The April Small Business Roundtable featured a lively discussion on how to deal with challenging customers. Whether it is a one-time issue or a constant complainer, all agreed that this is one of the most difficult issues of being a small business owner.
Usually, you do not want to lose them as customers, but someone who is dissatisfied can potentially hurt your reputation and consume so much time and energy that it affects your will to be in business. It can also pit employees against each other and destroy the potential for customer referrals, the backbone of many small businesses. After all, the satisfied customer is less likely to praise you on social media than the unhappy customer is to complain.
If you, your company, or one of your employees does something to bring on the customers annoyance, of course you apologize and take steps to make it right. However, what if the dissatisfaction is not so reasonable? The most important step to prevent frustration on your part or that of your customers is to properly set expectations. Make sure that your clients know what you do, what your processes are, and what the customers can expect from your company.
This may take some education on your part. Are things clearly spelled out on your website or other means of communicating with your customers? Don’t hide anything in the “fine print” and expect customers to find it. Be up front with what products and services you provide and what the customer is supposed to do to receive those goods or services. Some of the simple rules of civility apply – treat others as you wish to be treated, and listen to what the customer is saying. Sometimes, a customer will complain about perfectly fine service just to try to get a lower price – this is rare, but those folks can be dealt with calmly by explaining the situation.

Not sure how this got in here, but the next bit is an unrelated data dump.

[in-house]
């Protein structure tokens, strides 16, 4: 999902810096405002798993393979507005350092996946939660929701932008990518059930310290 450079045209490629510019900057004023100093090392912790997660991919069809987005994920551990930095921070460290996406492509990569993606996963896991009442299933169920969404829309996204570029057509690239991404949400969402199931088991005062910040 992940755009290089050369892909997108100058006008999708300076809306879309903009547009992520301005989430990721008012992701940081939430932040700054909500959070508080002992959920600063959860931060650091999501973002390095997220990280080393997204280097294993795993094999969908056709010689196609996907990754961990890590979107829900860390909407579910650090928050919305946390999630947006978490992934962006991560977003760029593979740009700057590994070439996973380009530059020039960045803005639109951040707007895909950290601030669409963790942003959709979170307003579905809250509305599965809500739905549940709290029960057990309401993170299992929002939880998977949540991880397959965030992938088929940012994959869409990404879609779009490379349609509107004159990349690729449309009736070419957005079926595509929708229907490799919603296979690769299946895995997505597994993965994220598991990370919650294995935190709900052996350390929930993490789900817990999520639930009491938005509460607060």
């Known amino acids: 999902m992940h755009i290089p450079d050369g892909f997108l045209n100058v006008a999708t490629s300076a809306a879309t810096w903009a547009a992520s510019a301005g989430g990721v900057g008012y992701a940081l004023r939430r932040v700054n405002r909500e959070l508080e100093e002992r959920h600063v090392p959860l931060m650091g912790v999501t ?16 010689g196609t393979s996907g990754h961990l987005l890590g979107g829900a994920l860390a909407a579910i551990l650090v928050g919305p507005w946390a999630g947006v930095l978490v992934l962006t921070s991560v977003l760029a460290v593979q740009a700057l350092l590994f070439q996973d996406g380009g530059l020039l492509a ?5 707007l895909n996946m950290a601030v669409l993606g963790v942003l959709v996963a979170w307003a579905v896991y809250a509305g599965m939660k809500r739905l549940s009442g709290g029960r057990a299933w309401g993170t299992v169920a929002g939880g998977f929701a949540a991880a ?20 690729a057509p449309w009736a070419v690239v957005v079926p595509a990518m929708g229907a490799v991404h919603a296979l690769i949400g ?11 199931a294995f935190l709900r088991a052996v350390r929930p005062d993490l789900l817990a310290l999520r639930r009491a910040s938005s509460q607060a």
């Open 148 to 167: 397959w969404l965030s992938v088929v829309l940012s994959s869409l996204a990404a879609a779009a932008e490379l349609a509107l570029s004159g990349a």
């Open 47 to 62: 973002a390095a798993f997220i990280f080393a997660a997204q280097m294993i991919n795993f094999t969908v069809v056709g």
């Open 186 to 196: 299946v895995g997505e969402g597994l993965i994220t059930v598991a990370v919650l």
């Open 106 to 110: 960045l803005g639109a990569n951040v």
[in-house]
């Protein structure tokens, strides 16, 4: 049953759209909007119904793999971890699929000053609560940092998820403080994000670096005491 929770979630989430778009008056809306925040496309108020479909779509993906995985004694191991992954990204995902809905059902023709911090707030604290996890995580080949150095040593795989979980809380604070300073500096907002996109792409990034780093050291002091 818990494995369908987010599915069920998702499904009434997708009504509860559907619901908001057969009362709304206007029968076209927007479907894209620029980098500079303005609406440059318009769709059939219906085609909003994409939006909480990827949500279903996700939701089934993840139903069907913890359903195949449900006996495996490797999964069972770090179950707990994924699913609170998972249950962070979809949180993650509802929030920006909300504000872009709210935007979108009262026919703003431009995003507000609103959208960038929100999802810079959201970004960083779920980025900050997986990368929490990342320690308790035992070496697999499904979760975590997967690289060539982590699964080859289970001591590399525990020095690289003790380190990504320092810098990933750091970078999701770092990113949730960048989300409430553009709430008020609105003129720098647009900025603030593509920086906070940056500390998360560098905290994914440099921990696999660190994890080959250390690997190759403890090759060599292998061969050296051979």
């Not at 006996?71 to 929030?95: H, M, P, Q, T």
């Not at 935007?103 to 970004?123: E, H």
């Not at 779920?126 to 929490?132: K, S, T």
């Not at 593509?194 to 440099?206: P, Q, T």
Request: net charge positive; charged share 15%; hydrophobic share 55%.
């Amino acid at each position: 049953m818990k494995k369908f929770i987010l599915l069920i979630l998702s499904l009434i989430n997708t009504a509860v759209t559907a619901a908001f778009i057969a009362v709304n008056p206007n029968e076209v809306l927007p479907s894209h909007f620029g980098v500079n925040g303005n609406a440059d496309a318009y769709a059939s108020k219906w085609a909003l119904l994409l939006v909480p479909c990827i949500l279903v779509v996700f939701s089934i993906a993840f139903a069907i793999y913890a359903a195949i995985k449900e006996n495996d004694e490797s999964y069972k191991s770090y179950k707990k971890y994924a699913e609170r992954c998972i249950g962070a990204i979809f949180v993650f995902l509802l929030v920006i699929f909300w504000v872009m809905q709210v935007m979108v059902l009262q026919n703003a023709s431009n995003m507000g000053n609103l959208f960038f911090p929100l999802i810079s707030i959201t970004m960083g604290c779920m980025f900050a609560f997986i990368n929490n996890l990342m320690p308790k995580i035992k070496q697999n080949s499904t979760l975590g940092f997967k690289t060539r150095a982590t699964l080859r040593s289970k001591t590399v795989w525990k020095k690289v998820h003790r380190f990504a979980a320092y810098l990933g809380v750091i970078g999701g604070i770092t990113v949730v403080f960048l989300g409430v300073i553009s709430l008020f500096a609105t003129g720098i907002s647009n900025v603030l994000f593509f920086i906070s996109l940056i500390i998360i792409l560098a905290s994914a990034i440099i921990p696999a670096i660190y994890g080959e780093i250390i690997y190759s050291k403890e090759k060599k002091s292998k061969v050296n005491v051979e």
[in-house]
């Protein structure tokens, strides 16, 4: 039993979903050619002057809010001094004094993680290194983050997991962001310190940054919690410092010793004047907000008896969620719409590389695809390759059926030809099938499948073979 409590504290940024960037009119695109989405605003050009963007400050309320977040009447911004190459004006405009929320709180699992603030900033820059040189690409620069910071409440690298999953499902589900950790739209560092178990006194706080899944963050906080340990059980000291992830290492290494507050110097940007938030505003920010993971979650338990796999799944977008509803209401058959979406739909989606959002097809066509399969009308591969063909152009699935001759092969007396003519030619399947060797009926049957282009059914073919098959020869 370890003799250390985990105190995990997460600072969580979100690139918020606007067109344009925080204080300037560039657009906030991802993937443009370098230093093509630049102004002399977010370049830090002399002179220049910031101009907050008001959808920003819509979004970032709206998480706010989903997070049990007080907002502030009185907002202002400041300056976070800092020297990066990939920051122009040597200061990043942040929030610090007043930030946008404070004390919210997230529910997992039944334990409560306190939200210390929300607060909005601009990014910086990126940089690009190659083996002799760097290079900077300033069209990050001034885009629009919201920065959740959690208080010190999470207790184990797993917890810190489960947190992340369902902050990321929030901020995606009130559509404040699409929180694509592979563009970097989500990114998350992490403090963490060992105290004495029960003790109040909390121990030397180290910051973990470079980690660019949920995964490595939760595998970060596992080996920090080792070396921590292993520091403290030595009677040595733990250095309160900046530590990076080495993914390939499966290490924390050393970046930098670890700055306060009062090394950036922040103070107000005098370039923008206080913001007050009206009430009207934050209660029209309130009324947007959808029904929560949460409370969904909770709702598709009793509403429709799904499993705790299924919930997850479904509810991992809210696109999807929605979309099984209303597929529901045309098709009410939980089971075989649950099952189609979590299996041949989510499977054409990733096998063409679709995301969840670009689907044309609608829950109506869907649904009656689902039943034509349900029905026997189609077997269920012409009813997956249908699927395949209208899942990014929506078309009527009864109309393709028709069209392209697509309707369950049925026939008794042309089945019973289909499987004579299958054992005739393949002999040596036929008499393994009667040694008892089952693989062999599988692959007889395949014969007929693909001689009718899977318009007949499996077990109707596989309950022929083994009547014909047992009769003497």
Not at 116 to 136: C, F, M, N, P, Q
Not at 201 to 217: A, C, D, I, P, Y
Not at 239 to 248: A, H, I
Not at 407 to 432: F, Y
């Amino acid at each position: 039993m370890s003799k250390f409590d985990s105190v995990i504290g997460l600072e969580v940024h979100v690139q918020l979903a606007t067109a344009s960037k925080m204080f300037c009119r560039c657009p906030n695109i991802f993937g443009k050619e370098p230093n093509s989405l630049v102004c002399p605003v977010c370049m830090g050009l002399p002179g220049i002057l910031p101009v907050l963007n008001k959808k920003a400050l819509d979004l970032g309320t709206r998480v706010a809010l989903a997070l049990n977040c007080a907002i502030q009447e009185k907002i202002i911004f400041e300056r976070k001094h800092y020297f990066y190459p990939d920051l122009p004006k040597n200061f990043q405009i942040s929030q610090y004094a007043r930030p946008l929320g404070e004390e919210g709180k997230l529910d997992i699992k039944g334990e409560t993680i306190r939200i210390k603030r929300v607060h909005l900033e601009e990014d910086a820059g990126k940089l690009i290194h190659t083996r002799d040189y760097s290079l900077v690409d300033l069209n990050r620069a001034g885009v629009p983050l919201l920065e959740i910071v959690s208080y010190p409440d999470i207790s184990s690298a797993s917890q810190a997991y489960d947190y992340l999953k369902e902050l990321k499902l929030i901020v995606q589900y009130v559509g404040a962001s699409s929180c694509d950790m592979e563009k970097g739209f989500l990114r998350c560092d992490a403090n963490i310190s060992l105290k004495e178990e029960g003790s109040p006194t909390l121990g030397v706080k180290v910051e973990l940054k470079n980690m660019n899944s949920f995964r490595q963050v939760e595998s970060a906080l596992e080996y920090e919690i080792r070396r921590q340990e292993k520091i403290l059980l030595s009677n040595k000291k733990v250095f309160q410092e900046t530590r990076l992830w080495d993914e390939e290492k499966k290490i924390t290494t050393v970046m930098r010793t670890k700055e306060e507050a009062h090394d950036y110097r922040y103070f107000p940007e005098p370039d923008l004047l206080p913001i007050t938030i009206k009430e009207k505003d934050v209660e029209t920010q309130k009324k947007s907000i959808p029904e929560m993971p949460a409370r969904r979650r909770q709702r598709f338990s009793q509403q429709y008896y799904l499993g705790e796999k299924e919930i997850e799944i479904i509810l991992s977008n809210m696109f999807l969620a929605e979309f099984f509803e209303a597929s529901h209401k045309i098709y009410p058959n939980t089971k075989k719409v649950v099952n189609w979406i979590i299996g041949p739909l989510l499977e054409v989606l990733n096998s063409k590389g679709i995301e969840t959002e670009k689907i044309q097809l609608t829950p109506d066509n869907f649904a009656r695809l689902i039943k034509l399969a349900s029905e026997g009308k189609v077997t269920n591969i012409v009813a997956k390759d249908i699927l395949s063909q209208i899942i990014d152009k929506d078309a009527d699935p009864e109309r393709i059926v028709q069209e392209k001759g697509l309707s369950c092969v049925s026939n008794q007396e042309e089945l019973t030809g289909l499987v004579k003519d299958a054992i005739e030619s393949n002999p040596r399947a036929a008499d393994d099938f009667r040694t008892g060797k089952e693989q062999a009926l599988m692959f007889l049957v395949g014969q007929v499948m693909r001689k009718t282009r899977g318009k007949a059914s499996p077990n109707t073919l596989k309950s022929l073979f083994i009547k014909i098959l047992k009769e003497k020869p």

The first thing to do when faced with a customer complaint is to find out what the customer wants – what were their expectations? Make sure to treat the customer with respect and try not to be defensive – graciousness can often de-escalate a touchy situation. Make sure that your employees are trained in what to do with an unsatisfied customer, and empower them to solve many of the problems themselves (perhaps up to a certain dollar amount).
Sometimes an unhappy customer just wants to vent – all that you have to do is listen and let them know that you hear what they are saying. You can sympathize with a situation without giving in by simply saying that you are sorry that they feel that way. If you can solve their issue and maintain a valuable relationship, do so as quickly as possible. If it will take some time, let them know the process and keep them in the loop so that they know that you value them as a customer. This assumes that you can reasonably recompense them for their trouble, and that it is important for your business to do so.
If you reach an impasse and it appears that there is nothing that you can reasonably do to satisfy that client, it may be necessary to let them go. You can do so by remaining calm and letting them know that you realize this is not working out and you may be able to refer them elsewhere. No one wants to “fire” a client, but sometimes that is the best option and it helps to have an exit strategy ready. For major issues that involve a significant payment it may be best to involve a third-party mediator to review the situation.